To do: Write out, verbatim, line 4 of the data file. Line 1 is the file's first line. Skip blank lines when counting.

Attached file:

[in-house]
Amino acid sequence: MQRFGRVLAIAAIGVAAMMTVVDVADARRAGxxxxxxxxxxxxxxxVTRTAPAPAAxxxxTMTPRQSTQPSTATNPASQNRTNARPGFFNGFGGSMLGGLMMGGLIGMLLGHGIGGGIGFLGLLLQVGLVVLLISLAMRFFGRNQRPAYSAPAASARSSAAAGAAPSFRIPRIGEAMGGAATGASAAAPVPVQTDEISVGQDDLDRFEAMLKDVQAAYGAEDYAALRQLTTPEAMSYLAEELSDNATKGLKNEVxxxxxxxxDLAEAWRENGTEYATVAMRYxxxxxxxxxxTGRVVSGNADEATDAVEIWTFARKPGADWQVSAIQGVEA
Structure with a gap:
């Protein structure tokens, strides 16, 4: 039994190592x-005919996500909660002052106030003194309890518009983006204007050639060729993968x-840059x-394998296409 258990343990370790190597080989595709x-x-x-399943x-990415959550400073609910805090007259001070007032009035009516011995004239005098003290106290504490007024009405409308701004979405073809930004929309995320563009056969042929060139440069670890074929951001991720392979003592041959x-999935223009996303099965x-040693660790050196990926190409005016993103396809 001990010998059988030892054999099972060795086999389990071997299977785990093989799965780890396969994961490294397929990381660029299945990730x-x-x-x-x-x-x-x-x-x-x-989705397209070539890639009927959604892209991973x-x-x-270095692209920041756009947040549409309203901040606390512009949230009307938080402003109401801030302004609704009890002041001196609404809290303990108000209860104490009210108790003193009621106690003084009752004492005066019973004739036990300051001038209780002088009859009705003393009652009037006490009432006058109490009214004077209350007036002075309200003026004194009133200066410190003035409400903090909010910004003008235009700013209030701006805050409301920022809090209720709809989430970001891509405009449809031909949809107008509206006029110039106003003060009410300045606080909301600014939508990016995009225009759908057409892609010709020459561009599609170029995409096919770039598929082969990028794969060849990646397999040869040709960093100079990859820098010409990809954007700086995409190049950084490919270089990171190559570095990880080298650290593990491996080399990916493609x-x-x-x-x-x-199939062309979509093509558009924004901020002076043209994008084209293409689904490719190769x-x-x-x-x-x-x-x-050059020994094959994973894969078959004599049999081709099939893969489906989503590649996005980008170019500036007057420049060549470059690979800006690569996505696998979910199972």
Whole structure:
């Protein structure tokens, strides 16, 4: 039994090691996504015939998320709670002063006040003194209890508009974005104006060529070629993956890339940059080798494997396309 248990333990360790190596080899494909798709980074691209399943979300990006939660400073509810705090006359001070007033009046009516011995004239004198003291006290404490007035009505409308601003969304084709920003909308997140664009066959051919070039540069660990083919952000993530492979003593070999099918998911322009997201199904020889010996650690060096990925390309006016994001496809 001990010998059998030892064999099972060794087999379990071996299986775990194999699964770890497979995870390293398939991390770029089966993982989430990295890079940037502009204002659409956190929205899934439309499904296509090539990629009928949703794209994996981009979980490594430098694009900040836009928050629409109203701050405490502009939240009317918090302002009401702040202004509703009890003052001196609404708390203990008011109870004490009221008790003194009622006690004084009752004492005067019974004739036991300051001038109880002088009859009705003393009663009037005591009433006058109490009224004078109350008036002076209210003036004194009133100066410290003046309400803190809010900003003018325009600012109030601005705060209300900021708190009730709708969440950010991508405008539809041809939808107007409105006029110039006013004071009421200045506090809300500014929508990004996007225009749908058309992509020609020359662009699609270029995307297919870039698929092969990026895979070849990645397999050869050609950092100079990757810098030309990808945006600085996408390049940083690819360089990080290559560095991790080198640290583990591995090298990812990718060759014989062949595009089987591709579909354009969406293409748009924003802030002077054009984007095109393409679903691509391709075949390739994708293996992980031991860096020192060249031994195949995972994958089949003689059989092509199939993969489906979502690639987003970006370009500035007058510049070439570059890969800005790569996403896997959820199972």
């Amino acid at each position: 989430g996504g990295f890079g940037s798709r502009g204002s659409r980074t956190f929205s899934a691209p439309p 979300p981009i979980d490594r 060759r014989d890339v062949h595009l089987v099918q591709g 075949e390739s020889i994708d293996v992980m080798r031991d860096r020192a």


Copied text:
């Protein structure tokens, strides 16, 4: 039994190592x-005919996500909660002052106030003194309890518009983006204007050639060729993968x-840059x-394998296409 258990343990370790190597080989595709x-x-x-399943x-990415959550400073609910805090007259001070007032009035009516011995004239005098003290106290504490007024009405409308701004979405073809930004929309995320563009056969042929060139440069670890074929951001991720392979003592041959x-999935223009996303099965x-040693660790050196990926190409005016993103396809 001990010998059988030892054999099972060795086999389990071997299977785990093989799965780890396969994961490294397929990381660029299945990730x-x-x-x-x-x-x-x-x-x-x-989705397209070539890639009927959604892209991973x-x-x-270095692209920041756009947040549409309203901040606390512009949230009307938080402003109401801030302004609704009890002041001196609404809290303990108000209860104490009210108790003193009621106690003084009752004492005066019973004739036990300051001038209780002088009859009705003393009652009037006490009432006058109490009214004077209350007036002075309200003026004194009133200066410190003035409400903090909010910004003008235009700013209030701006805050409301920022809090209720709809989430970001891509405009449809031909949809107008509206006029110039106003003060009410300045606080909301600014939508990016995009225009759908057409892609010709020459561009599609170029995409096919770039598929082969990028794969060849990646397999040869040709960093100079990859820098010409990809954007700086995409190049950084490919270089990171190559570095990880080298650290593990491996080399990916493609x-x-x-x-x-x-199939062309979509093509558009924004901020002076043209994008084209293409689904490719190769x-x-x-x-x-x-x-x-050059020994094959994973894969078959004599049999081709099939893969489906989503590649996005980008170019500036007057420049060549470059690979800006690569996505696998979910199972």